George Robson
New goals: former England rugby player George Robson used his time on an EMBA programme to assess prospects in the sports industry © Tom Pilston for the FT

Unemployment has scarred economies around the world this year and while senior executives enjoy a more privileged position than most, it is likely to be a tough year for those seeking new roles.

The difficult nature of the jobs market is underlined by the 2020 MBA graduate employment report published in September by the Graduate Management Admissions Council, the business school entrance exam administrator. The report, which focuses on full-time MBAs, found a sharp drop in hiring intentions among the biggest recruiters, although there are expectations of a subsequent rebound.

But in one of the worst employment markets in many years, some business graduates have significant advantages. Executive MBA participants tend to be older, more senior and hold down full-time jobs while studying, so are not necessarily in a rush to find a new role immediately after graduation, according to Vicki Lambiri, associate director of career management and counselling at Iese in Barcelona.

“For EMBA students, it is often a question of timing, and that could be as far away as two years after graduation,” Lambiri says. “It is tough enough to manage studying part-time [for an EMBA] with working full-time. Job searching is a job in itself.”

This is different to students on full-time MBA courses, who take career breaks to study. “The urgency is different. Full-time MBAs are obsessed with job searches, which often begin before they start on campus,” Lambiri says.

One 2020 EMBA graduate who has been able to make a career switch this year in spite of the pandemic is George Robson, a former England and Harlequins rugby union player. He had started a second career outside professional sport, as European director of operations and business development at MusclePharm, a nutritional supplements company, when he began the EMBA programme at the University of Oxford’s Saïd Business School.

Robson graduated this summer, but rather than return to his old job or a role in the sports industry, he switched sectors and careers, securing a role as business development manager at Gartner, a technology research and advisory business.

“This wasn’t the year to move back into rugby,” he says, given how most sports were stopped by coronavirus. “I thought the EMBA would be a great way to learn about business and make a transition. I started to become interested in the technology sector and as Covid-19 struck, it became obvious that everybody is going to have to think digitally.”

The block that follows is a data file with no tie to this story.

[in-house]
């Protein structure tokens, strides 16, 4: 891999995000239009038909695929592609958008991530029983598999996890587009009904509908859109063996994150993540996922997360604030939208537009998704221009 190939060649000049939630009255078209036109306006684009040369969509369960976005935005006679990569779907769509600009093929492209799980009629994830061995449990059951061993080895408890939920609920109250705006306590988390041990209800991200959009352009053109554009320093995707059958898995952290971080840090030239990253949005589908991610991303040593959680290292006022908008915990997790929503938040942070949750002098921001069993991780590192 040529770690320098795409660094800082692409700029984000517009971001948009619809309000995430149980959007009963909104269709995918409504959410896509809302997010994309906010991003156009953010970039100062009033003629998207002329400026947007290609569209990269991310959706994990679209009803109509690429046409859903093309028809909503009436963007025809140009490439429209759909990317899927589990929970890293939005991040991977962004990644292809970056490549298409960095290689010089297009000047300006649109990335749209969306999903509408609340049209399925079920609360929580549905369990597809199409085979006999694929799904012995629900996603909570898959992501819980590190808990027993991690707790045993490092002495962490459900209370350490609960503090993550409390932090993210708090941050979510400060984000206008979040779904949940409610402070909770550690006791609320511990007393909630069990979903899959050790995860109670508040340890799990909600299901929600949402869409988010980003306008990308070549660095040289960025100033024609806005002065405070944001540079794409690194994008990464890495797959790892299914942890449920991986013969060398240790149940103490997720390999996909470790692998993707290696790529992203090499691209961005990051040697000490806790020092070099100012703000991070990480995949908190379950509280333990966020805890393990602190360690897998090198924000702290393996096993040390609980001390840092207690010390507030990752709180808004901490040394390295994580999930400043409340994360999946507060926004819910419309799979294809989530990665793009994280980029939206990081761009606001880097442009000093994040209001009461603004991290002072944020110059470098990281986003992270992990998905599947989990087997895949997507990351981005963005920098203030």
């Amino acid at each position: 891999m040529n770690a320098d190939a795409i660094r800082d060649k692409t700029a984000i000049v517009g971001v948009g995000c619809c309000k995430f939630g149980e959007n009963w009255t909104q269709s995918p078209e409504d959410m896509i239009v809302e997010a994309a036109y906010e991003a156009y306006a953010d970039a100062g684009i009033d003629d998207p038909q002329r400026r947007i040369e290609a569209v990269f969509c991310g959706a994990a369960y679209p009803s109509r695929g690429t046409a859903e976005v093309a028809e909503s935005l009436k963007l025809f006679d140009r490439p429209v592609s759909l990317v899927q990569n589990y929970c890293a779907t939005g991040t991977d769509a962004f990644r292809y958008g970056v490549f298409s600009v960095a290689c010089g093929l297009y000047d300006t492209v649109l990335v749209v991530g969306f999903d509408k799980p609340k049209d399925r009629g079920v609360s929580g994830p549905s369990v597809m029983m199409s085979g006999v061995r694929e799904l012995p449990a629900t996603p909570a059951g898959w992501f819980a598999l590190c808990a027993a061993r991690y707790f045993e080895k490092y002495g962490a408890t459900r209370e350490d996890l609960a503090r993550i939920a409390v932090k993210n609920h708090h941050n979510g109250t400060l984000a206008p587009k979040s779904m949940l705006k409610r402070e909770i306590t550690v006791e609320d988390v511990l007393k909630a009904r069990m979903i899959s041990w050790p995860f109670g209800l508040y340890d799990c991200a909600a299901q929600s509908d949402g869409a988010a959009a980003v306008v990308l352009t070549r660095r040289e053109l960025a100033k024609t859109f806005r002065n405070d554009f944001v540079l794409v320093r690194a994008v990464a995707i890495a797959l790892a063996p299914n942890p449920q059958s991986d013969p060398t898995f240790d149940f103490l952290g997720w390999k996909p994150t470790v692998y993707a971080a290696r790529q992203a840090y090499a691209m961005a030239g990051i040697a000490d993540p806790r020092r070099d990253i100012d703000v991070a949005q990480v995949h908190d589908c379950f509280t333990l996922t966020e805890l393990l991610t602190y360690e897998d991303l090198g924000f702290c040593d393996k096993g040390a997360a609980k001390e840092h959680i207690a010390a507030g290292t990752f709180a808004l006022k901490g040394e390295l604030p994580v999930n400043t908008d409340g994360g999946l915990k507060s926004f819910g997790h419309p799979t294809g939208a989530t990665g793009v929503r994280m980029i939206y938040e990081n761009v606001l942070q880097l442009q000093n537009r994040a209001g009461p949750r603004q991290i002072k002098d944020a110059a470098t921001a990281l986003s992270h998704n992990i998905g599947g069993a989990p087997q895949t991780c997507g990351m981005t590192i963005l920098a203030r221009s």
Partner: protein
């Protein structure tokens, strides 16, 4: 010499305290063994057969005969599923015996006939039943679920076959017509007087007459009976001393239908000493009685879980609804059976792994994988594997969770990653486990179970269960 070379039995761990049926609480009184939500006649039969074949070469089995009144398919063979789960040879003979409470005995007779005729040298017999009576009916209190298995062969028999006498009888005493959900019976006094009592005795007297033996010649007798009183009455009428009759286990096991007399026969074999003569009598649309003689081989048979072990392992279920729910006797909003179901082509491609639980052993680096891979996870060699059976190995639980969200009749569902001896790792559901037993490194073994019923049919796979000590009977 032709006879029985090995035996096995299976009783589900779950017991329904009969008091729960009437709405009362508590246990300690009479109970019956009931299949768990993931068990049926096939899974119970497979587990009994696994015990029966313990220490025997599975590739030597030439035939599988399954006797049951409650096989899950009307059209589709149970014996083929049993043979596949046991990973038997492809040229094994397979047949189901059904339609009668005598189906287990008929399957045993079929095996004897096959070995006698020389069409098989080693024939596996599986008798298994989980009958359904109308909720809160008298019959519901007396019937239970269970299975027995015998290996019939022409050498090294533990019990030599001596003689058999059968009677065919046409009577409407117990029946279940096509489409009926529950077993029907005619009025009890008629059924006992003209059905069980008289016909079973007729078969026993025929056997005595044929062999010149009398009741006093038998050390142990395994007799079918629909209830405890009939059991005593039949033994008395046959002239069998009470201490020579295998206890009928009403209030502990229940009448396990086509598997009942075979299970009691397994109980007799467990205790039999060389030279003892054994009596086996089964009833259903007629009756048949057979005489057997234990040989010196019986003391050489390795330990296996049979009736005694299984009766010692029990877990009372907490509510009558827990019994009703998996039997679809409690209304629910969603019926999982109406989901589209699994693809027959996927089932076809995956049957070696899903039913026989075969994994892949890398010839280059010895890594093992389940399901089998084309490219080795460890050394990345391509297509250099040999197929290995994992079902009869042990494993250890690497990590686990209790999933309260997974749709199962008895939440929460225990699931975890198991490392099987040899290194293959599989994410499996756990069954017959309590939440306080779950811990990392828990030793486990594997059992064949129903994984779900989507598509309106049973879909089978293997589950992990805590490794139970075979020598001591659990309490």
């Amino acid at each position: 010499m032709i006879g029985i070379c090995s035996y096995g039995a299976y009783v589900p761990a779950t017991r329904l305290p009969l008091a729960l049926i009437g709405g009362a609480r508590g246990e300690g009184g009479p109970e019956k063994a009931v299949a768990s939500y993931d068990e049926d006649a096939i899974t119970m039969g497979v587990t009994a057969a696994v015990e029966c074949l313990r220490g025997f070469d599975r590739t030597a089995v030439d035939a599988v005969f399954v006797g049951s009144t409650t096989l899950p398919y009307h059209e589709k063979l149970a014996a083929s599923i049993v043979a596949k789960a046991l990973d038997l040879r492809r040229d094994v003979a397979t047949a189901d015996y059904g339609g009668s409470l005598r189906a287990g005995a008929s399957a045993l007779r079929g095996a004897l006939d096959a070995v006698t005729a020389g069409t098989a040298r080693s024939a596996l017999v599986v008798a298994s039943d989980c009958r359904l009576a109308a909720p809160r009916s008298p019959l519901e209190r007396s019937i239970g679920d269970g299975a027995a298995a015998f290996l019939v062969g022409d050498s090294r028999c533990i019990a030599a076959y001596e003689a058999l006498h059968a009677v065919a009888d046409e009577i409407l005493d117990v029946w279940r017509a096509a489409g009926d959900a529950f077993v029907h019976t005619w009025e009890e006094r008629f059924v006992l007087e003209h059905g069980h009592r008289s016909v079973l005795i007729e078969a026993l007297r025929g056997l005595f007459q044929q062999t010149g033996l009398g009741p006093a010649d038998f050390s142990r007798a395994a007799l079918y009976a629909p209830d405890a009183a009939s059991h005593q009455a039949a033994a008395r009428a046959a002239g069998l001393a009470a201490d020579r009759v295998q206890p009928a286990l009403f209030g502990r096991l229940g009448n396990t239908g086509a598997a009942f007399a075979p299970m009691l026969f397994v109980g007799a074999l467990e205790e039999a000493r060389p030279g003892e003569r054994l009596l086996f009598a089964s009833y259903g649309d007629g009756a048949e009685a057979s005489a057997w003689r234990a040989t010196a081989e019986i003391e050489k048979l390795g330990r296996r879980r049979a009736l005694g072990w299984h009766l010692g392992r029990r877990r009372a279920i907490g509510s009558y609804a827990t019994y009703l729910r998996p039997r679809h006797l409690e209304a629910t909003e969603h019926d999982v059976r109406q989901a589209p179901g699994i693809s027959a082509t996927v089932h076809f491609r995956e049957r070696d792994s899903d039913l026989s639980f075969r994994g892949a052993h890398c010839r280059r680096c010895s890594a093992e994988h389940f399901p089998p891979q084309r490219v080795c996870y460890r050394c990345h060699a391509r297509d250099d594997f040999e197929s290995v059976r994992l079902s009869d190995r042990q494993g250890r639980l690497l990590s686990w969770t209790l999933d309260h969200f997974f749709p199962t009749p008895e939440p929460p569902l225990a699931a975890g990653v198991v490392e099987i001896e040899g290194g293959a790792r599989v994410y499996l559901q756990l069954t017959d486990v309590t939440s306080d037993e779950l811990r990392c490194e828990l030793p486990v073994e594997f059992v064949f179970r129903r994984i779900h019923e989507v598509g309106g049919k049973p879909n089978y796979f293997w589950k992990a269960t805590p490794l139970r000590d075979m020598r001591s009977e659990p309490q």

Robson credits one of the industry advisers Oxford Saïd put him in touch with for convincing him he needed to switch to tech. “The recruiter who took me through the process was fantastic. He talked me through the culture of Gartner. It was a competitive place, but on top of that it was about the company wanting people who were lifelong learners. All that resonated with me,” he says. “I would never say never about going back into rugby, but the EMBA has changed my way of thinking about my career.”

While jobs advice and interview coaching is arguably not so pressing for EMBA students, schools recognise that their careers support is a key consideration for many students.

Careers advice is a core part of the EMBA curriculum at the University of Virginia’s Darden School of Business. This includes a career advancement course, in which students map out a “learning agenda”, with steps to reach the ideal job based on their personal strengths and career aspirations. There is a networking strategy to support this by identifying key people who can help participants towards a particular role.

They then complete an experiential learning course in which they practise interview techniques with actors playing recruiters. Feedback sessions are led by executive coaches and supplemented by classmates’ observations.

Connie Dunlop, Darden’s executive director for professional advancement, says the EMBA class receives even more attention than other postgraduate business students because they have a lot more going on in their lives, juggling study and work. “These students are so busy with all these aspects of their lives that it is difficult for them to show up and present themselves well in job interviews,” she says. “We think it is particularly important for them to know how to tell their stories.”

Michael Desiderio, executive director at Embac, the Executive MBA Council, is bullish about the job prospects for EMBA graduates, even during the economic turmoil created by the pandemic. He advises graduates to think about the skills they have obtained in management as a key differentiator in the market. “I won’t say they are immune from headcount cuts, but certainly during times of crises leaders are needed even more, not less,” he says.

“I think the business sector in which an EMBA student works will impact their view on this. For example, if you’re in the retail sector, perhaps the pandemic is the final motivator needed to push an exit out of your current sector and into a new one. If you work for a thriving sector, it may in fact be the perfect time to do everything possible to give yourself an advantage of moving up internally.”

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